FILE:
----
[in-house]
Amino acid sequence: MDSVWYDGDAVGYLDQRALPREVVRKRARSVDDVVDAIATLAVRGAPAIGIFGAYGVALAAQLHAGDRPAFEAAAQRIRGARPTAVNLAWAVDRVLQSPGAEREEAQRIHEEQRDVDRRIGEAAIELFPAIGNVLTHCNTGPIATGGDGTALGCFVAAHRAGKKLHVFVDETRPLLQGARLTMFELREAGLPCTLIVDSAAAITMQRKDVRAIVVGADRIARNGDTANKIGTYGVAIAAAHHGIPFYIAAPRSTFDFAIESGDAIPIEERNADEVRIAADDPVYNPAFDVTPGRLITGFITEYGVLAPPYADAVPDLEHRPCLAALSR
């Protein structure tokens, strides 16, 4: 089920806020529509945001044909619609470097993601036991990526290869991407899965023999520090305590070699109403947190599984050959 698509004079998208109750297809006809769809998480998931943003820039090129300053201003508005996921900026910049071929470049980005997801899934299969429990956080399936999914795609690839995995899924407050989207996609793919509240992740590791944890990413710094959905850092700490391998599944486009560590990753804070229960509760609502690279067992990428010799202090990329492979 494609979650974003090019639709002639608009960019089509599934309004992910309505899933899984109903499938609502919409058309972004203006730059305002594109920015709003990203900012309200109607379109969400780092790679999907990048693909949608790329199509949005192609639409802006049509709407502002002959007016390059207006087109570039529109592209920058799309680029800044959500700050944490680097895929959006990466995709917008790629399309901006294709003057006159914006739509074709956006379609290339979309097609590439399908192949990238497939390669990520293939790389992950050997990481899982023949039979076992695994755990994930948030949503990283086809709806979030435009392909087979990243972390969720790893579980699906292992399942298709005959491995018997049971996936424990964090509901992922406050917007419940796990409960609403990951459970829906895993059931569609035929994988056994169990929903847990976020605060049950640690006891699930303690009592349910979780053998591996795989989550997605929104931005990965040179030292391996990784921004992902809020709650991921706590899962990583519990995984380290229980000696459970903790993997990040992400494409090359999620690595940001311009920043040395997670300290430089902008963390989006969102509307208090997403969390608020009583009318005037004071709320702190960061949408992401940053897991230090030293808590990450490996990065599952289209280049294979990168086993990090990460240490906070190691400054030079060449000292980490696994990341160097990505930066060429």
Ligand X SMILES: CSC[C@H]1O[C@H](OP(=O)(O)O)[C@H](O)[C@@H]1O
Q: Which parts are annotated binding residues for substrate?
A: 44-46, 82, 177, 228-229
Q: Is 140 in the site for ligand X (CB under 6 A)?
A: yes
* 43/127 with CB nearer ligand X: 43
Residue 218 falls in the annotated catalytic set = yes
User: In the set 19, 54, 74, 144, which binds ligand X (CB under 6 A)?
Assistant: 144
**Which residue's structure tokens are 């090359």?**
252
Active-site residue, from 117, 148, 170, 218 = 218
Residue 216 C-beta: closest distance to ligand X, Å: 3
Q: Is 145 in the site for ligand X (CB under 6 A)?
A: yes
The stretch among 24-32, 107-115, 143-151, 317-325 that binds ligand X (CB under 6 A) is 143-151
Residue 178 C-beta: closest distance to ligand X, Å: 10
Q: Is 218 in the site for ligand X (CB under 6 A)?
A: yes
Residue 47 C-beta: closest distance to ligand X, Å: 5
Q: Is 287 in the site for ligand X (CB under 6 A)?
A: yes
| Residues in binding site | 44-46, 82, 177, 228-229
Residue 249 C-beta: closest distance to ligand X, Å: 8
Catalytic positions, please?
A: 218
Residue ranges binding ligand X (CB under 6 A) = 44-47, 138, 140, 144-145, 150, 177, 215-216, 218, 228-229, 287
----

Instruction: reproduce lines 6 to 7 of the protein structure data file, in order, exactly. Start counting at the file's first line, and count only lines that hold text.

A: 44-46, 82, 177, 228-229
Q: Is 140 in the site for ligand X (CB under 6 A)?